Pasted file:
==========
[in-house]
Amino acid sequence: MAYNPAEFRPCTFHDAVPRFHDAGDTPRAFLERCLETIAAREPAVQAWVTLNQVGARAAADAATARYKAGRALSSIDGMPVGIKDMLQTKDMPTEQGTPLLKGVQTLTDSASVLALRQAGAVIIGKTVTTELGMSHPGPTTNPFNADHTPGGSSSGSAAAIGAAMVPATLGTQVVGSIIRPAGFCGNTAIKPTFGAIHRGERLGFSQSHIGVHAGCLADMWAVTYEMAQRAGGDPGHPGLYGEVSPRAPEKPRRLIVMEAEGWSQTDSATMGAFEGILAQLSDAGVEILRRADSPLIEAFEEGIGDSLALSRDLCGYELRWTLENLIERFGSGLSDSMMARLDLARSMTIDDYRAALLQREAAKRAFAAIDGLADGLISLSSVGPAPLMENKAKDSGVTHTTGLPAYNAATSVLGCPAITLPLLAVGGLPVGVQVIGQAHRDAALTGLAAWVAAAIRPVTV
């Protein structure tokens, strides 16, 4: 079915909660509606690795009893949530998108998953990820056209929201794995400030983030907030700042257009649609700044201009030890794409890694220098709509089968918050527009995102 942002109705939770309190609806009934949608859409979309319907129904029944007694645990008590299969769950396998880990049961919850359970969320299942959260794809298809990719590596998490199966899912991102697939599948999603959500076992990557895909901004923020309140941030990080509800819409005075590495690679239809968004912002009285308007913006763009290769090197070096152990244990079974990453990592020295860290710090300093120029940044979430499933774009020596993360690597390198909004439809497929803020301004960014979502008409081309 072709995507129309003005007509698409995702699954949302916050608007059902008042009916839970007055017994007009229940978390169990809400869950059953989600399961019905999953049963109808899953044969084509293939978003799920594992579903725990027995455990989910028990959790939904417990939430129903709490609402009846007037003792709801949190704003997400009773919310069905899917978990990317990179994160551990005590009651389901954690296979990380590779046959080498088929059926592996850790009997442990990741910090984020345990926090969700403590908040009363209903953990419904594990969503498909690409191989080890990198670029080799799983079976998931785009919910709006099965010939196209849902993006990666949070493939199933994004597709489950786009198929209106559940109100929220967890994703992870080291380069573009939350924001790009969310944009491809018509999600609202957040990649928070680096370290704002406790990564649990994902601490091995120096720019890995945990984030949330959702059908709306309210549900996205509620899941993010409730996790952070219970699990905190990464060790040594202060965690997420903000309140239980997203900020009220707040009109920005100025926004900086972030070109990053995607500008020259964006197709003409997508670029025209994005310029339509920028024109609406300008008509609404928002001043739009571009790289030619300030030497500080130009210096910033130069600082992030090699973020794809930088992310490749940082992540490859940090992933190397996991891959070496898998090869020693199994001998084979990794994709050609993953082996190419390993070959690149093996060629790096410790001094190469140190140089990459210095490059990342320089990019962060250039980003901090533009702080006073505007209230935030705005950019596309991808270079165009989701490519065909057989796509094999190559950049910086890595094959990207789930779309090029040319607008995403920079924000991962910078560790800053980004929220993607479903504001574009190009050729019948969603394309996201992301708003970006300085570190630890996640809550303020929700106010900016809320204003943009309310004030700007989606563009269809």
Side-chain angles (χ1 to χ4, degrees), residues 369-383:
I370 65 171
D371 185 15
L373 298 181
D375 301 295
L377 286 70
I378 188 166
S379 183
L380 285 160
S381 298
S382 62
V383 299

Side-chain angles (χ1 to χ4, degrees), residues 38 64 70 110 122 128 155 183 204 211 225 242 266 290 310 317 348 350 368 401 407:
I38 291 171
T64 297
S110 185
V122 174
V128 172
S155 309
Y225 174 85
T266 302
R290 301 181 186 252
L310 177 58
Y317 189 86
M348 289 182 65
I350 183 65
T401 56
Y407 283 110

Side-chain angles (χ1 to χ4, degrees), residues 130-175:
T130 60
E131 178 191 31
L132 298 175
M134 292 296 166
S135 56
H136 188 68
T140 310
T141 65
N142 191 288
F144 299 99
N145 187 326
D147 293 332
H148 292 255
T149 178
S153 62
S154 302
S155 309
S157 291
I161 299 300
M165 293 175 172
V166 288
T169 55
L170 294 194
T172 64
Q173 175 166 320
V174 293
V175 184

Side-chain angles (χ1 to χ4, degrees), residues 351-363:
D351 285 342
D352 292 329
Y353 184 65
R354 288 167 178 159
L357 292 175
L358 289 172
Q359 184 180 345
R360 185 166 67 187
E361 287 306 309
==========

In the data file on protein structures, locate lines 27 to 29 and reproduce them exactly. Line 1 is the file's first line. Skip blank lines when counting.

Y317 189 86
M348 289 182 65
I350 183 65